5 Standout Sci-Fi and Space Westerns Like Westworld

    These standout TV shows and movies can help pass the time between episodes of HBO's Westworld.

    HBO’s Westworld proves how exciting it can be when different genres are remixed in one thoughtful, captivating, and unique tale.If you’re a fan of the way Westworld melds elements of both science fiction and westerns, here are five other sci-fi westerns (stories using sci-fi elements in a western setting) and space westerns (stories set in space but incorporating tropes from westerns) to help you pass the time between Westworld episodes. Hi-ho, spaceship, away!

    1. Star Wars

    Just look at Han’s space cowboy swagger! Need I say more?

    Heavily inspired by the desolate depiction of frontier life in the 1956 John Wayne movie The Searchers, Star Wars incorporates many classic western tropes. This is particularly evident in A New HopeThe moisture farm where Luke grew up is a bleak and isolated frontier homestead; Mos Eisley Cantina is an analog for the seedy saloons in many a western story; and Han Solo and Greedo have a classic western shoot-out (Han shot first, just so we've got that straight).

    Star Wars was also heavily influenced by the work of Akira Kurosawa, whose movies directly inspired westerns like Sergio Leone’s A Fistful of Dollars and John Sturges’ The Magnificent Seven.

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    2. Cowboy Bebop

    Billed by its creator Shinichirō Watanabe as “a new genre unto itself,” this 1998 anime is set in 2071, after Earth has become unlivable and humans have colonized most of the Solar System. The Inter Solar System Police rely on bounty hunters (called cowboys) to wrangle criminals from across the reaches of space. Protagonist Spike Siegel and his crew of cowboys face danger as they operate out of their ship, BeBop.

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    3. The Dark Tower

    Stephen King’s sprawling seven-book magnum opus features a little bit of everything, from explicit nods to Harry Potter and Star Wars to mention of real events in the author’s personal life. However, one of the series’ most significant influences is the work of spaghetti western director Sergio Leone.

    The story centers around Roland of Gilead, a gunslinger modeled off “The Man With No Name,” a character portrayed by Clint Eastwood in Leone’s films. Interestingly, The Man With No Name was ripped from Akira Kurosawa’s Yojimbo —Yojimbo's producers even filed a lawsuit against Leone that was eventually settled out of court.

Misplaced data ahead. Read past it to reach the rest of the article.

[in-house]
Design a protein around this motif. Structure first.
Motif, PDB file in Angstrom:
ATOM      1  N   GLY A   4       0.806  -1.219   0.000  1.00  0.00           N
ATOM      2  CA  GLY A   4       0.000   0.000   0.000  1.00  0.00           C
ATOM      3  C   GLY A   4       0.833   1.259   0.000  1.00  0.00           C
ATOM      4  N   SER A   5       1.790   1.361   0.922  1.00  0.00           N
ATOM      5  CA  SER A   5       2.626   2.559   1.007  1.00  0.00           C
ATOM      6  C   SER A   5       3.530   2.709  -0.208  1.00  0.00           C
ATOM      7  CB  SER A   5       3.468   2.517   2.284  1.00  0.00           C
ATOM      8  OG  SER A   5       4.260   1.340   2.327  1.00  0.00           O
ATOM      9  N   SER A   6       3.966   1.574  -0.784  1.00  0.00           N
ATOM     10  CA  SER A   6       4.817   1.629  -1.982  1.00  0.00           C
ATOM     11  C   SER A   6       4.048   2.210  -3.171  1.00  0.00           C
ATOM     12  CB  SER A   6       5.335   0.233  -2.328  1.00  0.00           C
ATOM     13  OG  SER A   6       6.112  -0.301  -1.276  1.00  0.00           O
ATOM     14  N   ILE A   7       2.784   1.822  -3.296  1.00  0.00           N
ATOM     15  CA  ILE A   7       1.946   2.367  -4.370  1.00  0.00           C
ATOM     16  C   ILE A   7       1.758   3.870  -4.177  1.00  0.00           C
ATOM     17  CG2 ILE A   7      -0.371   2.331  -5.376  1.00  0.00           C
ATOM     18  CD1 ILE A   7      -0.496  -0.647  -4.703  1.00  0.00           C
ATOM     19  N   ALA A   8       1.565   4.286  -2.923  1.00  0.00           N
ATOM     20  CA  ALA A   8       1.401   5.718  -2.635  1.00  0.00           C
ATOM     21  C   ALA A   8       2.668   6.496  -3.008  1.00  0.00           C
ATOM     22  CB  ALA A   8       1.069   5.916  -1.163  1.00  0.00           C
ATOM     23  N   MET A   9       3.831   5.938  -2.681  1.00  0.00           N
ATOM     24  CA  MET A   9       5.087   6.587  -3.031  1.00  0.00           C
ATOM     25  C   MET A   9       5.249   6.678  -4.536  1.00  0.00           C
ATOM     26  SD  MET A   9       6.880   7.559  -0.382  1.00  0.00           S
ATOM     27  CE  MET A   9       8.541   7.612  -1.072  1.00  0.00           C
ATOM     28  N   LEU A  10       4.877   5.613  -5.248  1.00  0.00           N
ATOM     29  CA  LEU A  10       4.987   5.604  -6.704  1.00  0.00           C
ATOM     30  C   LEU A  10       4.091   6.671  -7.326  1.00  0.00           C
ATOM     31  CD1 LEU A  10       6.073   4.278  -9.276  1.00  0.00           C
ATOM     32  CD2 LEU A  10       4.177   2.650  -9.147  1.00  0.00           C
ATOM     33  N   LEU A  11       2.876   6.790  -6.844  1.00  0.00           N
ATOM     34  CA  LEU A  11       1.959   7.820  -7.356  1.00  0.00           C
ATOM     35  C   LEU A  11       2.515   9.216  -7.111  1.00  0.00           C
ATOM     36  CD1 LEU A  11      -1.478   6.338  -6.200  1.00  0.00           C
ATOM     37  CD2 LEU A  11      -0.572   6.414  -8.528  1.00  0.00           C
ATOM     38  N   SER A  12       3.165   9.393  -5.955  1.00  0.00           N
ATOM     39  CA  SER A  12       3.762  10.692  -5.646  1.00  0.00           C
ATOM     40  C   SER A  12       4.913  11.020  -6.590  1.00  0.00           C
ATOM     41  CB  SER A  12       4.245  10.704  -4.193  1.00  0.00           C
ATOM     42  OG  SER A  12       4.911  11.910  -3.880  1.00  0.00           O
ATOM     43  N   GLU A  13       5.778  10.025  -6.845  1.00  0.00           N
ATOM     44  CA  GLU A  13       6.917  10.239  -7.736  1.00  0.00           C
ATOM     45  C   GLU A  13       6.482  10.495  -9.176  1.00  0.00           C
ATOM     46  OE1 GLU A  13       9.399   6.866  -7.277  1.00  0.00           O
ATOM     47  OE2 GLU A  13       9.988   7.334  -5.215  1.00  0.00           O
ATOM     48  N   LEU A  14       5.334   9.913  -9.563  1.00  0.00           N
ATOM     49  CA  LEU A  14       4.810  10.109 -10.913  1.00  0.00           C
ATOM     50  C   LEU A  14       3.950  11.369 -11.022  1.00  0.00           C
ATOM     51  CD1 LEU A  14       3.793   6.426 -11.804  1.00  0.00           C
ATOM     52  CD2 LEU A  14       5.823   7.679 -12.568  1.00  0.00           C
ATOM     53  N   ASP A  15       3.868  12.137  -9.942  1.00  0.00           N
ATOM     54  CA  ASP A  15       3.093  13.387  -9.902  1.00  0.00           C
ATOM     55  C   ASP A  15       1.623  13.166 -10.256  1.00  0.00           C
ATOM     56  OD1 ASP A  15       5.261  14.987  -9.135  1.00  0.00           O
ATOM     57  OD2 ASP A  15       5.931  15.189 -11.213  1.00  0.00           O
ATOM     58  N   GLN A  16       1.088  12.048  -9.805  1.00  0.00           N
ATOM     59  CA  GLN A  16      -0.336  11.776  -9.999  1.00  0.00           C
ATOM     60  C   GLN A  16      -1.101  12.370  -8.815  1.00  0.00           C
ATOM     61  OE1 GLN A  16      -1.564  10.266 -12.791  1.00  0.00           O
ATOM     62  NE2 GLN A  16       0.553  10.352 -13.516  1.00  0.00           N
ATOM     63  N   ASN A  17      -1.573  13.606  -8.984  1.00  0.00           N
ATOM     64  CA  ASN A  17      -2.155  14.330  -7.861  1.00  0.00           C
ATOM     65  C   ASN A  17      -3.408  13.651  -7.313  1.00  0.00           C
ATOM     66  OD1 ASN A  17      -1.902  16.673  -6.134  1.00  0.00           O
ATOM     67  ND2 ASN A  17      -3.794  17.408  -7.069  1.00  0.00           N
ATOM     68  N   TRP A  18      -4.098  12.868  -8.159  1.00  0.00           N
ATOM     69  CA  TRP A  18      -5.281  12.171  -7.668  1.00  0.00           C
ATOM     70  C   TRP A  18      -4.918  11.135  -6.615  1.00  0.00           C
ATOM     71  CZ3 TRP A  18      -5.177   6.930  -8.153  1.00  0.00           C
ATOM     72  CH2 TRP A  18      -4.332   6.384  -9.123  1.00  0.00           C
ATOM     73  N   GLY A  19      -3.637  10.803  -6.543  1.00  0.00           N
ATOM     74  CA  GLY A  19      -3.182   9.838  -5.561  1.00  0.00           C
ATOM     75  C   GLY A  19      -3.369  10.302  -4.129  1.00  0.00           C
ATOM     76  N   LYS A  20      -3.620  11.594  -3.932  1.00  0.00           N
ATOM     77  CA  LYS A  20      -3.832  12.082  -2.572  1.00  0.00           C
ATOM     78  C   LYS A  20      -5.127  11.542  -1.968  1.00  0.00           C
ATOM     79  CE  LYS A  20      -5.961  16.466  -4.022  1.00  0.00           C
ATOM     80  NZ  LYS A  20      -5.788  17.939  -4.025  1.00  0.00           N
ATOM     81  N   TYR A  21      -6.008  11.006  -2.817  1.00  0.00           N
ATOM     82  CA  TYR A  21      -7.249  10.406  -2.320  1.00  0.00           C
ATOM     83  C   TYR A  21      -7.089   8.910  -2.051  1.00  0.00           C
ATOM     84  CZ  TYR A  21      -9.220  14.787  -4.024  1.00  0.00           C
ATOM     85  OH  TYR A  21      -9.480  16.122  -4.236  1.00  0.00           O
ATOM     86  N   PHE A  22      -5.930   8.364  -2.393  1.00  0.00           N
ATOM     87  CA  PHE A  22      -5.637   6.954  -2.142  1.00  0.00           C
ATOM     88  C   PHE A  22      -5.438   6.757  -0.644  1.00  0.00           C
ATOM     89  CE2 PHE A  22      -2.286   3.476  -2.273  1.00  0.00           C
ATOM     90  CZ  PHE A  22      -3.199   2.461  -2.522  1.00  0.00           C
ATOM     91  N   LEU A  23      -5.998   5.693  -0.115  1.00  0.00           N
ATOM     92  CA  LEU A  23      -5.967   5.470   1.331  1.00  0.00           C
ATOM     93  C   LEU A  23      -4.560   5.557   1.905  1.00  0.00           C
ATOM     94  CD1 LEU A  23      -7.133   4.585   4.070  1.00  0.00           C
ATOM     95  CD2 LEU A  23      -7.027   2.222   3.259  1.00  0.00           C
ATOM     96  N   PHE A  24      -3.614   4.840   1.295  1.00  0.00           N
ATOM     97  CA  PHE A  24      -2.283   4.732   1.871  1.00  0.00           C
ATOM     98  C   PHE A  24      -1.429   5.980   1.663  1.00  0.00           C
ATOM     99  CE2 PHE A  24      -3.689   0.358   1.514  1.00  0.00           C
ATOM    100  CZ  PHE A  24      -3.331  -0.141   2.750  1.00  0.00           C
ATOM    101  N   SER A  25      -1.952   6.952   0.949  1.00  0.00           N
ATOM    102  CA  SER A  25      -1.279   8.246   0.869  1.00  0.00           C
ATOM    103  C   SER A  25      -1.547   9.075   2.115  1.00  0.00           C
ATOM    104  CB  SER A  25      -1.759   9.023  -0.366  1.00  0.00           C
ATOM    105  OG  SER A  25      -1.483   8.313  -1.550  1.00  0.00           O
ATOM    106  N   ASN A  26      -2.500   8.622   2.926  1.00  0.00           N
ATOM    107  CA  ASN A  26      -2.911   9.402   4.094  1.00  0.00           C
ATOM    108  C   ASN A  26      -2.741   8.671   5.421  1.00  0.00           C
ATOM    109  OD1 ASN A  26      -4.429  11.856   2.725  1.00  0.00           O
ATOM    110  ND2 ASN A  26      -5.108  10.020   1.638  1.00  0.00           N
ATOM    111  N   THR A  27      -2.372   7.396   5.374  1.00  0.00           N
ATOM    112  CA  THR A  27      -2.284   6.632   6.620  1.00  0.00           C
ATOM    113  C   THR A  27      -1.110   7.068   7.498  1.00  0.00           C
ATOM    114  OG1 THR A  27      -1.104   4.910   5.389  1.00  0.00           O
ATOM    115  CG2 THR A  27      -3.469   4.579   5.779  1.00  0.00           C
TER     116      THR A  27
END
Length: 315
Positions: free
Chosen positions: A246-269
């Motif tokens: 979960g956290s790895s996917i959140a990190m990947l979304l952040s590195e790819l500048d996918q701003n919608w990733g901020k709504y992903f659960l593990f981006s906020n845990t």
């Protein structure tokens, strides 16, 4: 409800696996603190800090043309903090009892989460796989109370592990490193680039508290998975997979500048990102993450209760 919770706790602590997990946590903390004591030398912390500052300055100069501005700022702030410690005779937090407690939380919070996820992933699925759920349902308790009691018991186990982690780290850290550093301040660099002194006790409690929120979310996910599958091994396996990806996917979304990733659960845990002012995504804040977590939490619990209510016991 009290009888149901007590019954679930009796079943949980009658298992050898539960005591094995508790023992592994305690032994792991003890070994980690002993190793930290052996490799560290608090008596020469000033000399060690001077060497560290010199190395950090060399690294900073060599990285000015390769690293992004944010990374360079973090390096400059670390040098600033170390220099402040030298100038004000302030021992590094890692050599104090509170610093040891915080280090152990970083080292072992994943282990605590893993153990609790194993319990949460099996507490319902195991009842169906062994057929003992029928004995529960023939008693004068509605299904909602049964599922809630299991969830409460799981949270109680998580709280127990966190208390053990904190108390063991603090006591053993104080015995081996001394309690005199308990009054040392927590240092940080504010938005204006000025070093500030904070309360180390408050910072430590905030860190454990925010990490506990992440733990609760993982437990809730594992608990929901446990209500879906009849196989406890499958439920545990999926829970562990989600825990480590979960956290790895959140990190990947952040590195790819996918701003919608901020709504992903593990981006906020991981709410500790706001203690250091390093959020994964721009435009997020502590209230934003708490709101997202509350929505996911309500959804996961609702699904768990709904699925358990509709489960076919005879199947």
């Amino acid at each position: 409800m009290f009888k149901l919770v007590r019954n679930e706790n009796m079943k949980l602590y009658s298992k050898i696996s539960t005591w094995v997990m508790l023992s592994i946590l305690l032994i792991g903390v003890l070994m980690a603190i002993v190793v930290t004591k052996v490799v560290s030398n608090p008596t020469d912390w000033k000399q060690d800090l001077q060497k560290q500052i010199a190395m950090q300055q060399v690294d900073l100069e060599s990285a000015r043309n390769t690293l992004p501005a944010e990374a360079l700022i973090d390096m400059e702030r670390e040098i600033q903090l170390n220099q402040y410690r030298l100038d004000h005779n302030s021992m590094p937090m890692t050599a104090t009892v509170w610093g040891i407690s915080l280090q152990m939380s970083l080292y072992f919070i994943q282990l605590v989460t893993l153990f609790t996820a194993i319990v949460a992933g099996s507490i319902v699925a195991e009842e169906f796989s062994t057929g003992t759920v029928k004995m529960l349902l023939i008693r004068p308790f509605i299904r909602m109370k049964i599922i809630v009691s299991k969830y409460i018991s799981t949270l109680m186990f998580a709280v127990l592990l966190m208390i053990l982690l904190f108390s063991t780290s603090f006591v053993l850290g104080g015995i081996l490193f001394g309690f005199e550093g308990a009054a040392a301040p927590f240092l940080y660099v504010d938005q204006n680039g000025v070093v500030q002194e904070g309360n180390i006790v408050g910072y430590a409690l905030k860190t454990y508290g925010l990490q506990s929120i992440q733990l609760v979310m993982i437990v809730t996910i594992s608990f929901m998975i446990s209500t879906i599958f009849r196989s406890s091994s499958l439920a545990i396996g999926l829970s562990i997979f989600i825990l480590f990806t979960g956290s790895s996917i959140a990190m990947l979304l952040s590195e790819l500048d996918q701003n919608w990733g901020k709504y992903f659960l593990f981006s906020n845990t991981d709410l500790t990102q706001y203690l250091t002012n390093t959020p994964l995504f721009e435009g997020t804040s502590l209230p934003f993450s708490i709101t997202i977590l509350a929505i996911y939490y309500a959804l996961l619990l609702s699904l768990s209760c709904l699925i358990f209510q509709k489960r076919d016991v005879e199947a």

The Dark Tower is a compelling and truly unique read for the way it pits a western-influenced character against sci-fi elements like cyborgs and AI, with a lot of Tolkien-inspired fantasy elements thrown in as well. If the seven-book series seems a little too intimidating, you can check out the Marvel Comics adaptation or the movie starring Idris Elba as Roland

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    4. Firefly and Serenity

    Joss Whedon’s beloved TV series Firefly, and its movie sequel Serenity, is one of the greatest space westerns ever. The story takes place after Earth’s resources have been used up. Humanity survives by terraforming new planets, but the universe (or ‘verse, in Firefly parlance) is caught in a conflict between the authoritarian Alliance and the Browncoat rebels.

    Whedon has said he was inspired to create Firefly to play with “that classic notion of the frontier,” and to represent “Not the people who made history, but the people history stepped on—the people for whom every act is the creation of civilization.” 

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    5. Star Trek: The Original Series

    Star Trek creator Gene Roddenberry originally pitched the series as being like if Wagon Train, a popular 1950s western TV series about characters traveling from Missouri to California via wagon, was set in space. 

    The Original Series rarely featured explicitly western settings—aside from the season 3 episode “Spectre of the Gun,” in which Kirk and the enterprise crew are sentenced to death through a reenactment of the gunfight at the O.K. Corral—but the show focused heavily on exploring new frontiers and on conveying morality lessons to the audience, both thematic staples of westerns.

    Featured still from "Westworld" via HBO

    This article was originally published on October 3rd, 2016.

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